Herman Van Rompuy, the president of the European Council, has warned the EU is fighting for survival.
As the euro zone debt crisis deepened yesterday, Mr Van Rompuy called for the trading bloc to "work together" to get through the turmoil sparked by fears about Ireland's economy.
"We are in a survival crisis," he said, just hours before European finance ministers gathered in Brussels for a tense summit to discuss Irish debt problems. "We all have to work together to survive with the euro zone, because if we don't survive with the euro zone we will not survive with the European Union."
Mr Van Rompuy's comments came as world stocks fell for the seventh straight session yesterday on persistent worries about euro zone debt. In afternoon trading, the FTSE 100 was down 1.3 per cent, while the German DAX fell 0.7 per cent and the French CAC 40 dropped 1.3 per cent.
"We're waiting for news," a trader based in London said. "I think the market has whipped itself into a frenzy and I'm not convinced we're going to get anything substantial."
World equities measured by the MSCI All Country World Index fell 0.5 per cent, hitting a two-week low, while investors in the US played safe and waited for the outcome of the Brussels meeting. In morning trading, the Dow Jones and the NASDAQ had hardly moved.
"There's a global concern that if Ireland needs aid, it could become a domino effect with other countries," said Cort Gwon, the director of trading strategies and research at FBN Securities in New York.
"Especially at such a sensitive time in the economy, to have a setback in Europe could mean a setback for the rest of the world, too."
Despite concerns over euro zone debt, Credit Suisse said any sell-off in equities provided a buying opportunity in stocks of European manufacturers with a strong export record.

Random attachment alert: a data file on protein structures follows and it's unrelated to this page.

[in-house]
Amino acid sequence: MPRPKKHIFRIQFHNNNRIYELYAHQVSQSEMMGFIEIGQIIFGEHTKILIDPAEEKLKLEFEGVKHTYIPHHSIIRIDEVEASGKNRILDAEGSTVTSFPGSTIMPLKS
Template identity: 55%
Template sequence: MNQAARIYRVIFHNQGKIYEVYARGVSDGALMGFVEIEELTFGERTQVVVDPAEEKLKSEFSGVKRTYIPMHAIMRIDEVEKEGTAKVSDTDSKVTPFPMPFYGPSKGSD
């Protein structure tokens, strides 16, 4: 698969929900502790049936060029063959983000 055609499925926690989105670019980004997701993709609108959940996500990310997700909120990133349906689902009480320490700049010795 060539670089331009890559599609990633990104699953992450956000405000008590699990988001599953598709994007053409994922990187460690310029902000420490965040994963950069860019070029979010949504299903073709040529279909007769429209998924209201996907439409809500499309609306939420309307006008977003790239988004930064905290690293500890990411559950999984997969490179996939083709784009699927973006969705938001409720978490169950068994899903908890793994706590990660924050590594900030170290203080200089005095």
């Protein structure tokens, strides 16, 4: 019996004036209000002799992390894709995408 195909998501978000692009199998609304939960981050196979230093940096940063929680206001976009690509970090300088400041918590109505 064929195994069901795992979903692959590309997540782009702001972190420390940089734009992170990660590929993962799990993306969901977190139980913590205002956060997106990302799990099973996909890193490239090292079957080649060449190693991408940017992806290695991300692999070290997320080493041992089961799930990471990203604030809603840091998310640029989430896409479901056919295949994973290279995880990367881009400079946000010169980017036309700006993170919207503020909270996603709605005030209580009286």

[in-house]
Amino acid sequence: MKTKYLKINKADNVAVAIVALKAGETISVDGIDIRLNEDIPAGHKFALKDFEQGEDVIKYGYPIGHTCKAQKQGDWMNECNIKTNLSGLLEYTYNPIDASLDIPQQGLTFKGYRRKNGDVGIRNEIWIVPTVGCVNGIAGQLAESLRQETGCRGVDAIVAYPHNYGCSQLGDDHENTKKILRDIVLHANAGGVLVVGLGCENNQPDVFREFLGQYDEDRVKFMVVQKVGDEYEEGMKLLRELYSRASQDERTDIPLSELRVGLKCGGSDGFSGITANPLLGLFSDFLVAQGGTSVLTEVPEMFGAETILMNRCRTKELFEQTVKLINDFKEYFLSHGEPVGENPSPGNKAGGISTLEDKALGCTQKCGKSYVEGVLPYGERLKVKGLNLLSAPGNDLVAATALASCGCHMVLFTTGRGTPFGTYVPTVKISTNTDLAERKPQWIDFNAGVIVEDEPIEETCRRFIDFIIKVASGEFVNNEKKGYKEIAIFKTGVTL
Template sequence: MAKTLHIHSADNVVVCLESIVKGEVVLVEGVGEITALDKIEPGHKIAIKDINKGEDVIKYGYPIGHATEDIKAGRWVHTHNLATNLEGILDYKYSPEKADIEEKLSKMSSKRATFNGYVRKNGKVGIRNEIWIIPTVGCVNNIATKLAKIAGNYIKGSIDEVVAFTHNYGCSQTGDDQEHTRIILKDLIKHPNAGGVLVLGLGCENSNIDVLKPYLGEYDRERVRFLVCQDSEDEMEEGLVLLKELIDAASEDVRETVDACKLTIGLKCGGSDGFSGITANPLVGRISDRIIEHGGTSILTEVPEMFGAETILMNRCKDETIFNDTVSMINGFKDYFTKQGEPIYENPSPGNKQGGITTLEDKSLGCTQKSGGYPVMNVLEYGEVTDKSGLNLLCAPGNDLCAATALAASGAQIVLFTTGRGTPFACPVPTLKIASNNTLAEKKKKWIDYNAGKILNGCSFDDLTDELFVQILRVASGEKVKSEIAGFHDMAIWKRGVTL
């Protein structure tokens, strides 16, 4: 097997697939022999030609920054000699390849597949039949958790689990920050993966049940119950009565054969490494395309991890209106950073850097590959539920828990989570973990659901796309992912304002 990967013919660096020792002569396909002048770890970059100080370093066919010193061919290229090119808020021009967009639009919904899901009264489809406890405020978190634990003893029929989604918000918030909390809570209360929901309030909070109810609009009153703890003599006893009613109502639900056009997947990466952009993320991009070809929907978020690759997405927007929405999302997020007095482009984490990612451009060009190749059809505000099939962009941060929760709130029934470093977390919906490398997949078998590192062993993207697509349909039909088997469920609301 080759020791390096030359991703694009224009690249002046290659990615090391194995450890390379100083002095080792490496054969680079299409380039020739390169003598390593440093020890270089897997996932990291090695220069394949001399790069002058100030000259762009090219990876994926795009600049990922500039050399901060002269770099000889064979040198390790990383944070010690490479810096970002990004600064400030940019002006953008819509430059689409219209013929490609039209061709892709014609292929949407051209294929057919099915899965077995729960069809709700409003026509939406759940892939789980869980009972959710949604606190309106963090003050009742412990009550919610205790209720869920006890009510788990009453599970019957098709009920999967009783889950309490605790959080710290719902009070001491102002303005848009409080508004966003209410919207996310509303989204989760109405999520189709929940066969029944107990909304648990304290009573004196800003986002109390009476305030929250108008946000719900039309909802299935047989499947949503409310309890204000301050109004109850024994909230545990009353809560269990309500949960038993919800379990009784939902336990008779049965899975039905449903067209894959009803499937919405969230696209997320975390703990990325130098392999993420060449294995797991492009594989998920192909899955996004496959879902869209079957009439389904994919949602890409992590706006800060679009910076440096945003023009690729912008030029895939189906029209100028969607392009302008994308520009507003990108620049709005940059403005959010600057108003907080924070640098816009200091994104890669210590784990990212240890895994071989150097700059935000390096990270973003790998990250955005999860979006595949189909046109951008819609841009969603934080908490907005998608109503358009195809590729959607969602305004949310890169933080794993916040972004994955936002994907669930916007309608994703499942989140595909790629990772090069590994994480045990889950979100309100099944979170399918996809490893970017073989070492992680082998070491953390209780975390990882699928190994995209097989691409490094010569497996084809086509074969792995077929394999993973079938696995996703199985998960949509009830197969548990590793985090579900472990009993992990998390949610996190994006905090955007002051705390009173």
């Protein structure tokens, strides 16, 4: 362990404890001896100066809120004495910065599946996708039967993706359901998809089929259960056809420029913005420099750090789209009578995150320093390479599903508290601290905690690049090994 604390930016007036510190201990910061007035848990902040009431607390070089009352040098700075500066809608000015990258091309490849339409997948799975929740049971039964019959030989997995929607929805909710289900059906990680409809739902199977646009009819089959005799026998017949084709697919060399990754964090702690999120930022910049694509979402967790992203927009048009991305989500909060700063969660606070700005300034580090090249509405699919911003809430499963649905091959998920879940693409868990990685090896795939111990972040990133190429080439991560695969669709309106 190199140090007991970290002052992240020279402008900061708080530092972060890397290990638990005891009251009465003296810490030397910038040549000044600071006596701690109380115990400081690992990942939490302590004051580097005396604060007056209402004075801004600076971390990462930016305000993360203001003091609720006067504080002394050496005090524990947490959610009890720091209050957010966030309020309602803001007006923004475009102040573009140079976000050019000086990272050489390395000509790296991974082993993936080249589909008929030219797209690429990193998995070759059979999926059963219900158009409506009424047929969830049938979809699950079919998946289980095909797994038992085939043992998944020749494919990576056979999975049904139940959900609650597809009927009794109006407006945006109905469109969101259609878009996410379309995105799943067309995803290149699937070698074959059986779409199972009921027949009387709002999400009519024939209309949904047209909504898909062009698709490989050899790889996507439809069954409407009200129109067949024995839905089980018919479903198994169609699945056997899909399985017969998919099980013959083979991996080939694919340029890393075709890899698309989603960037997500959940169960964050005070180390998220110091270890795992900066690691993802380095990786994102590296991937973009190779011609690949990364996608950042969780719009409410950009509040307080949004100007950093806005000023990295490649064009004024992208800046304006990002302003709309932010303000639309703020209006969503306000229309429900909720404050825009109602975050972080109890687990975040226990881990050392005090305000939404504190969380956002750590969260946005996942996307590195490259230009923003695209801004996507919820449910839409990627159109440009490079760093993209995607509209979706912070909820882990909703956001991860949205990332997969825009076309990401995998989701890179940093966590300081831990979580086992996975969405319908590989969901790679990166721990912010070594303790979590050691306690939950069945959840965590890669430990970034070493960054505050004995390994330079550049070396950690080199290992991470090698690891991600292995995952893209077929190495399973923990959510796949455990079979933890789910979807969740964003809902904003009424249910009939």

"One silver lining in the previous bouts of euro zone specific volatility earlier this year was the strong performance of euro zone exporters in the context of a weaker euro," Credit Suisse said. "In this respect, we believe that any euro zone indebtedness-related sell-off in broad equity markets should provide a good buying opportunity for euro zone export-related stocks."
While investors waited for news from Brussels, the Irish government was resisting calls to seek a state bailout by contending that only its banks may need help.
Ireland has been under pressure from the European Central Bank (ECB) and some euro zone partners to make a quick decision on applying for aid amid signs that market contagion is spreading to the struggling Portugal and could infect bigger states.
But Dublin has so far remained defiant to bailout calls.
"There is no reason why we should trigger an IMF or an EU-type bailout," said Dick Roche, the Irish European affairs minister.
Even so, EU officials said Ireland was ready to accept a financial package to shore up the country's banking industry.
The two-part funding plan, put together by the EU and IMF, would mean the euro zone member would not have to tap into the bond market for a long time as it tried to cut the budget deficit, said one European official who spoke on condition of anonymity.
Olli Rehn, the EU economic and monetary affairs commissioner, said the European Commission had been working with the Irish government to resolve serious problems in the country's banking sector. "The European Commission, ECB and IMF are working with Irish authorities to resolve the serious problems of the Irish banking sector and I expect the euro group to support that joint effort," Mr Rehn said last night.
"We have a very strong focus on the banking sector. It might feel a small consolation at times like these but I have no doubt Ireland, too, will overcome this crisis."
The Irish debt turmoil comes only seven months after Greece was forced to accept a €110 billion (Dh548.67bn) rescue package from the EU and IMF to stave off bankruptcy. "The important thing is that Ireland makes a decision as soon as possible," Carlos Ocana, the secretary of the Spanish treasury, said yesterday.
* with Reuters and Bloomberg